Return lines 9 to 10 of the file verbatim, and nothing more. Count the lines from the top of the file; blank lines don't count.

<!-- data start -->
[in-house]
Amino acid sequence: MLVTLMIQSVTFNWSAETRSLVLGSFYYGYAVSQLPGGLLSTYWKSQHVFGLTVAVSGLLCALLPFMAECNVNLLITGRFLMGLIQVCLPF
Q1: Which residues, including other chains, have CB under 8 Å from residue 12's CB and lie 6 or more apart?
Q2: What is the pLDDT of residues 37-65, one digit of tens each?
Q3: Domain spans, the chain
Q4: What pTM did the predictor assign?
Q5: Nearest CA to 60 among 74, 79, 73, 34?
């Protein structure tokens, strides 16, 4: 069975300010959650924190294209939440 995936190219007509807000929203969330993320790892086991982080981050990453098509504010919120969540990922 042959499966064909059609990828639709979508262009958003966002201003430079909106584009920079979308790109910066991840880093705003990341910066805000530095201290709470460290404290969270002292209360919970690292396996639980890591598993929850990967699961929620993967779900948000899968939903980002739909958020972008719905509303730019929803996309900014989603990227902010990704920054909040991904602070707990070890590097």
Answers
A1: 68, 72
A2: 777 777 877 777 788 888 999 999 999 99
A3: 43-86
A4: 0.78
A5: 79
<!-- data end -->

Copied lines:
Answers
A1: 68, 72